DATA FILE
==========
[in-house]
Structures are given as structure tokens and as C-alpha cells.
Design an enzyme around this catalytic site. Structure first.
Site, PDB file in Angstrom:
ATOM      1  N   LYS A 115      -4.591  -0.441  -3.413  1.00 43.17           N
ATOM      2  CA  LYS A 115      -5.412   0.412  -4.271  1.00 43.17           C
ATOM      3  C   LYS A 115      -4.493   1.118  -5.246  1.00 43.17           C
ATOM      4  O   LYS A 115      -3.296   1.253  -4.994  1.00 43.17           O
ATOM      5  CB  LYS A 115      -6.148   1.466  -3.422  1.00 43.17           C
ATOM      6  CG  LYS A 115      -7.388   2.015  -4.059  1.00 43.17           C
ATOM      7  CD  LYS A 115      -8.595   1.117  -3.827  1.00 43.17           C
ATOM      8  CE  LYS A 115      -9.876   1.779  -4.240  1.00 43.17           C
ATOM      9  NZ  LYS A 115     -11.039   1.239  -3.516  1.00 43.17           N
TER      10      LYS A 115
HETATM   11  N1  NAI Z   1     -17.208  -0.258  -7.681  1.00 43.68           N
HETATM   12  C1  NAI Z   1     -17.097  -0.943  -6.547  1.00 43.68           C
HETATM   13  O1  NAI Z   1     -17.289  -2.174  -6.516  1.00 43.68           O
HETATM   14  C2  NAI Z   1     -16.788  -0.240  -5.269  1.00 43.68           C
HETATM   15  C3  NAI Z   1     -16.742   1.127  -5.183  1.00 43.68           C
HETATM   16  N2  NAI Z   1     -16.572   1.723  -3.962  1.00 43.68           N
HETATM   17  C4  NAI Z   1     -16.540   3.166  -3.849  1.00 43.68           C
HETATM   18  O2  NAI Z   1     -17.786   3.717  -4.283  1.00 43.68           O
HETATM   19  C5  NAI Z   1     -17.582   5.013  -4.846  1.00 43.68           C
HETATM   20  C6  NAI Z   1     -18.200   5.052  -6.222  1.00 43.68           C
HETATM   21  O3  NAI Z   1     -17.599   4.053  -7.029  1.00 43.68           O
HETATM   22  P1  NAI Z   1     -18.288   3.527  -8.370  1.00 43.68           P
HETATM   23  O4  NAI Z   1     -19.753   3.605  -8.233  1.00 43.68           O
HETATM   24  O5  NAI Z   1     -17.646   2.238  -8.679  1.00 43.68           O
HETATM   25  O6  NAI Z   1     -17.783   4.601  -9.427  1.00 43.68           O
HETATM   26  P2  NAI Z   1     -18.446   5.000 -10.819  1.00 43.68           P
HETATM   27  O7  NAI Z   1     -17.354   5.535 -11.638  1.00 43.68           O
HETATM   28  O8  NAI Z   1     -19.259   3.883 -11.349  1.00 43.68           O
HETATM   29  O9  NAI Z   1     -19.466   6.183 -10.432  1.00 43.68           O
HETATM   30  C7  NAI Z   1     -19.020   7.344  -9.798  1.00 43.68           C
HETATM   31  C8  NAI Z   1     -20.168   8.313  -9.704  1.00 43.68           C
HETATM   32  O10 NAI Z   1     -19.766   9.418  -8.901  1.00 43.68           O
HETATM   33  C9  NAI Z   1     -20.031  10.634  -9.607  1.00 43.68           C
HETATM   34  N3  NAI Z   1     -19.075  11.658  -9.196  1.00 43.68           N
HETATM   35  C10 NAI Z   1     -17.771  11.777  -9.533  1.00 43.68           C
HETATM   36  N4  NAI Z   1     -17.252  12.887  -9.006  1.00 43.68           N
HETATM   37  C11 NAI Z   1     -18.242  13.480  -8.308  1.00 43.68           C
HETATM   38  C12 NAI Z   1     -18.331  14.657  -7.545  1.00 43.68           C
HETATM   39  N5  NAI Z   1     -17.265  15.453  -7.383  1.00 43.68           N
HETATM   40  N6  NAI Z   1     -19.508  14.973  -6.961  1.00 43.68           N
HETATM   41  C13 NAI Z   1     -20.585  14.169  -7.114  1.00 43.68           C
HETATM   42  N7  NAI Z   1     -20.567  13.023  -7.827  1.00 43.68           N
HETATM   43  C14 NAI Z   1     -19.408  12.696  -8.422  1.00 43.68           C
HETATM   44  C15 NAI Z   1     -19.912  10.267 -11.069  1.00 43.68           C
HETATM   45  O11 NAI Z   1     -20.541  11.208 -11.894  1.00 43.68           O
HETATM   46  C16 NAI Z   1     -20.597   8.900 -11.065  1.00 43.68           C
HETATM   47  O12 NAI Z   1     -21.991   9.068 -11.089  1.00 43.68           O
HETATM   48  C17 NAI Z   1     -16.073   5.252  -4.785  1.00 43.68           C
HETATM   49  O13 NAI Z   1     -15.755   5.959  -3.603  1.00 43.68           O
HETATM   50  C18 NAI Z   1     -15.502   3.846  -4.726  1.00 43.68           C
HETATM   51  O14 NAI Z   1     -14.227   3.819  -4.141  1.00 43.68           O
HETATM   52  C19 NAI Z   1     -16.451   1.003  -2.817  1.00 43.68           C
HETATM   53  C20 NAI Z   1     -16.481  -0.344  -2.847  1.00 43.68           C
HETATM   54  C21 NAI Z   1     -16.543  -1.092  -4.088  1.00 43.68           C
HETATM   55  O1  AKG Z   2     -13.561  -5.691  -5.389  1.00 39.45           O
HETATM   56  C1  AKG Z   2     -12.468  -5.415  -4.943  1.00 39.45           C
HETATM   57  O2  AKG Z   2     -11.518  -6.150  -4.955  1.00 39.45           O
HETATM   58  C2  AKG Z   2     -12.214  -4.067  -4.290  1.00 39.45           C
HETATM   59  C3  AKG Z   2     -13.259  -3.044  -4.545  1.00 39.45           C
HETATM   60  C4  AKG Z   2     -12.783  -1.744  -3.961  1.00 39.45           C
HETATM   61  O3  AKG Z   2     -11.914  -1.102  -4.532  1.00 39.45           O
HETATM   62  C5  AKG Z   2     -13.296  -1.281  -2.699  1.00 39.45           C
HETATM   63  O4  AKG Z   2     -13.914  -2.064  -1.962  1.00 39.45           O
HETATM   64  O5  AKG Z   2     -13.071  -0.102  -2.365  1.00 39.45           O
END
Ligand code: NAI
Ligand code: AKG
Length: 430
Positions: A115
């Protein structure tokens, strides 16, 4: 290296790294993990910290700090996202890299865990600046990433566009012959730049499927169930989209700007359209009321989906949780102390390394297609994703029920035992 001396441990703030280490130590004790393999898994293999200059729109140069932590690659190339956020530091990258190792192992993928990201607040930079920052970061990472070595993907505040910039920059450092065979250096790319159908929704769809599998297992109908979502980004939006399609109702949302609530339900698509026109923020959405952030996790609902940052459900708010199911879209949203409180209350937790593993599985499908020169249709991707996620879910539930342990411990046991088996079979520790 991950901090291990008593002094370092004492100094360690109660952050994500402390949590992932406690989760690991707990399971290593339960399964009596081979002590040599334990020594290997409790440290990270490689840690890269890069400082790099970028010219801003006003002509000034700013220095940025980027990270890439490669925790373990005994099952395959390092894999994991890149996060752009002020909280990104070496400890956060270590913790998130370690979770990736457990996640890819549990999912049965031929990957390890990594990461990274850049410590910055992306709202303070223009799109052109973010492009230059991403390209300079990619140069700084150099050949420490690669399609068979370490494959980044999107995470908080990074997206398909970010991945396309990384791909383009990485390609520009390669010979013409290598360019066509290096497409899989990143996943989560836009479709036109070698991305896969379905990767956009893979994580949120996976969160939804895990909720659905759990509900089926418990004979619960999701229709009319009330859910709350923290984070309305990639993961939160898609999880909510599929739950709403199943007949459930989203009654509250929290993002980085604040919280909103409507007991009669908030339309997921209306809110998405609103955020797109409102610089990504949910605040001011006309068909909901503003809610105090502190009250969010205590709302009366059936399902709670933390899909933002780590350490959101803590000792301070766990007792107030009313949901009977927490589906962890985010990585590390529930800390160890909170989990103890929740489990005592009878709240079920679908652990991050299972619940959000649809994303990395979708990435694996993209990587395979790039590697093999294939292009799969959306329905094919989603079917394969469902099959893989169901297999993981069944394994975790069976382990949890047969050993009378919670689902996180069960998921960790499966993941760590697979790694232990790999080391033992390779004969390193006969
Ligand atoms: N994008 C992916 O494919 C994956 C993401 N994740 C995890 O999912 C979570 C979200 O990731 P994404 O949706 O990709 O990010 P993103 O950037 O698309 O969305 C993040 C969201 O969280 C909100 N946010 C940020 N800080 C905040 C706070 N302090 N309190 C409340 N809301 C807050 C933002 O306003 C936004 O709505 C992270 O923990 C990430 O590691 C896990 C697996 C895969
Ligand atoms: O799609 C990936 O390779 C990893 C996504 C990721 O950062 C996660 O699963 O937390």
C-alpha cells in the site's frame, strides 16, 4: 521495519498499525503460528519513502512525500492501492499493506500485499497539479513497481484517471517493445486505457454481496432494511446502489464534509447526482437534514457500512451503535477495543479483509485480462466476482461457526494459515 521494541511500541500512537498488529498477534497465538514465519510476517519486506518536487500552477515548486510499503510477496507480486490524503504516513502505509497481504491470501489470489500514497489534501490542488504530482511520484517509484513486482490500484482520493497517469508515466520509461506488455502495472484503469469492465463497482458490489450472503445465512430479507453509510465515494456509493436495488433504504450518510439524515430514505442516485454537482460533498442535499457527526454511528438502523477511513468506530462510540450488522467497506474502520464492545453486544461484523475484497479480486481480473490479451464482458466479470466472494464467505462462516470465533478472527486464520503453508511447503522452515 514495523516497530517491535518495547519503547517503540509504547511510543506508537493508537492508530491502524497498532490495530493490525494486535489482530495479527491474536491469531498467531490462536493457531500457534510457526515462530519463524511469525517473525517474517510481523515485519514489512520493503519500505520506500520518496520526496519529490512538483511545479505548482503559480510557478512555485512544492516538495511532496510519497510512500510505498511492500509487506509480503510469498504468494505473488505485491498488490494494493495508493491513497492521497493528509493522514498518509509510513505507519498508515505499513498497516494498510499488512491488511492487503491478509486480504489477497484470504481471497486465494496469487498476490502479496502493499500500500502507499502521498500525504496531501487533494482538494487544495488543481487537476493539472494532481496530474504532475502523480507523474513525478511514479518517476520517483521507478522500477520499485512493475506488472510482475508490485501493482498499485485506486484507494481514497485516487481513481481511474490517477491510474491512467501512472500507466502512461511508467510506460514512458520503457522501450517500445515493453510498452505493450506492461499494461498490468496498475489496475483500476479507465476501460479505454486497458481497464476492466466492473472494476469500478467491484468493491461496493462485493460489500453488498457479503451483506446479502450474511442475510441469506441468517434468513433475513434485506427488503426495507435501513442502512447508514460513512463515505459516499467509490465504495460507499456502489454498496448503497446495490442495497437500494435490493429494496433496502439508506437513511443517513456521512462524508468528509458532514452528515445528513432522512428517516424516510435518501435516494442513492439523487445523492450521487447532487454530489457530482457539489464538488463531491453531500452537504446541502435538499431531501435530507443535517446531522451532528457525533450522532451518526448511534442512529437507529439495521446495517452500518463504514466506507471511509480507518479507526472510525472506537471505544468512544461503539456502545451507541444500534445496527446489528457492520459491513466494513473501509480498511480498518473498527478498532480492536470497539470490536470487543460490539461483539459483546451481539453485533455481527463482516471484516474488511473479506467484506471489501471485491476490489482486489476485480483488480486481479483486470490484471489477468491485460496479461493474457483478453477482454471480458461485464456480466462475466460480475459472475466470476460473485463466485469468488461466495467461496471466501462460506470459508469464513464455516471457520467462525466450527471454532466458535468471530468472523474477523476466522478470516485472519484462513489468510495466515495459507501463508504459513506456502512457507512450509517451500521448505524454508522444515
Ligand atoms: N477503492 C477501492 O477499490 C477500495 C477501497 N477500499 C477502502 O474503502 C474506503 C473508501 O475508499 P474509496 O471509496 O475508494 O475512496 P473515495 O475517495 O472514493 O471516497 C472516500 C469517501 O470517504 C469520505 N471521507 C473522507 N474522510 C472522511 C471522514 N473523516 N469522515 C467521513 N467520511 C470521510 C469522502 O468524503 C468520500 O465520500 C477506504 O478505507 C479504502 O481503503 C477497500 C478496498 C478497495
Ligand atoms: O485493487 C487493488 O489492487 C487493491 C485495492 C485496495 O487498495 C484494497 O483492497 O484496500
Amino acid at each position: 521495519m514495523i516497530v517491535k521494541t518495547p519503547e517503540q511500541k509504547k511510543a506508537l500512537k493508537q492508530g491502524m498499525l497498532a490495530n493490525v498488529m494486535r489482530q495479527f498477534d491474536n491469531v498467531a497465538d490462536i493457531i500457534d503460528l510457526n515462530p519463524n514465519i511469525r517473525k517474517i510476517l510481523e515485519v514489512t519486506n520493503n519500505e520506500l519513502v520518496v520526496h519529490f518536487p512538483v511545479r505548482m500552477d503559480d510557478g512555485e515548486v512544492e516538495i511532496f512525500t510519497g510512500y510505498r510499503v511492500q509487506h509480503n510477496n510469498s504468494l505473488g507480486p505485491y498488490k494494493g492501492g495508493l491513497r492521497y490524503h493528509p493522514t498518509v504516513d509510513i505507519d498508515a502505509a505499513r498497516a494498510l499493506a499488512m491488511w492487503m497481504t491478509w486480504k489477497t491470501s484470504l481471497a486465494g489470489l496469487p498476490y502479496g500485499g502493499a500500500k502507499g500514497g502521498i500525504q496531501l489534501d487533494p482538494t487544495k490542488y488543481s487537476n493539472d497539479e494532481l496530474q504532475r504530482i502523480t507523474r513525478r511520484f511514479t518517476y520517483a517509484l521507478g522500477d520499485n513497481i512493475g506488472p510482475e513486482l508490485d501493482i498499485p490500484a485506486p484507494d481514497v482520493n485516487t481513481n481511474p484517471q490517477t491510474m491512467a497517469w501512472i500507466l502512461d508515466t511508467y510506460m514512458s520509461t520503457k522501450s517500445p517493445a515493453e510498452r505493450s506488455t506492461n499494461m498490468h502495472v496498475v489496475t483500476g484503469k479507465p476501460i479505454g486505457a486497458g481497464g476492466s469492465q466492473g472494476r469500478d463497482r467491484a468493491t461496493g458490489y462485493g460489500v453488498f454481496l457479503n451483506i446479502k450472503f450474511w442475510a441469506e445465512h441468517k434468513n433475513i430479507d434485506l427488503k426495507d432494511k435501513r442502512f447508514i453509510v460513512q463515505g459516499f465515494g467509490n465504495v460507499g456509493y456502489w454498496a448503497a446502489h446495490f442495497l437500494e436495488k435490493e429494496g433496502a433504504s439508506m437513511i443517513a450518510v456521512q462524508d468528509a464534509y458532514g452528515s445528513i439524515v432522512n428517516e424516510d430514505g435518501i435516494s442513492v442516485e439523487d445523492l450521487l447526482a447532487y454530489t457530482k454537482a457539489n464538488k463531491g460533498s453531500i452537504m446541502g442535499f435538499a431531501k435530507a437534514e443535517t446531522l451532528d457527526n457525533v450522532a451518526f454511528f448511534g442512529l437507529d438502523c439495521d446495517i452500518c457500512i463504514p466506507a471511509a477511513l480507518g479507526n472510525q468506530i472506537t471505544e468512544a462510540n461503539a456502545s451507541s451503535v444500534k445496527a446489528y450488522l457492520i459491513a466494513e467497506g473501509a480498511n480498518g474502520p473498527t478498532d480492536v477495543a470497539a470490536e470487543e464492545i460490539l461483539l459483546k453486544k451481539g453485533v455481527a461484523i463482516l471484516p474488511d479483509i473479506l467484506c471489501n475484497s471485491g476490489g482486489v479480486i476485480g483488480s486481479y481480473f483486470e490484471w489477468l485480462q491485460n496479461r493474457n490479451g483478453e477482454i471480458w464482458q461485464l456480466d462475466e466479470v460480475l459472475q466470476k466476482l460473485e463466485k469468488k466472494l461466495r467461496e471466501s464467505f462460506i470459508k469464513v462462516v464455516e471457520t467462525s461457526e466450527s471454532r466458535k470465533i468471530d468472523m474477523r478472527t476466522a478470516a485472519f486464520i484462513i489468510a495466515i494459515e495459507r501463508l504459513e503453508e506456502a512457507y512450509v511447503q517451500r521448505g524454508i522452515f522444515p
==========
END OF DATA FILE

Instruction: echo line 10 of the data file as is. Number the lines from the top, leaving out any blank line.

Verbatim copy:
ATOM      6  CG  LYS A 115      -7.388   2.015  -4.059  1.00 43.17           C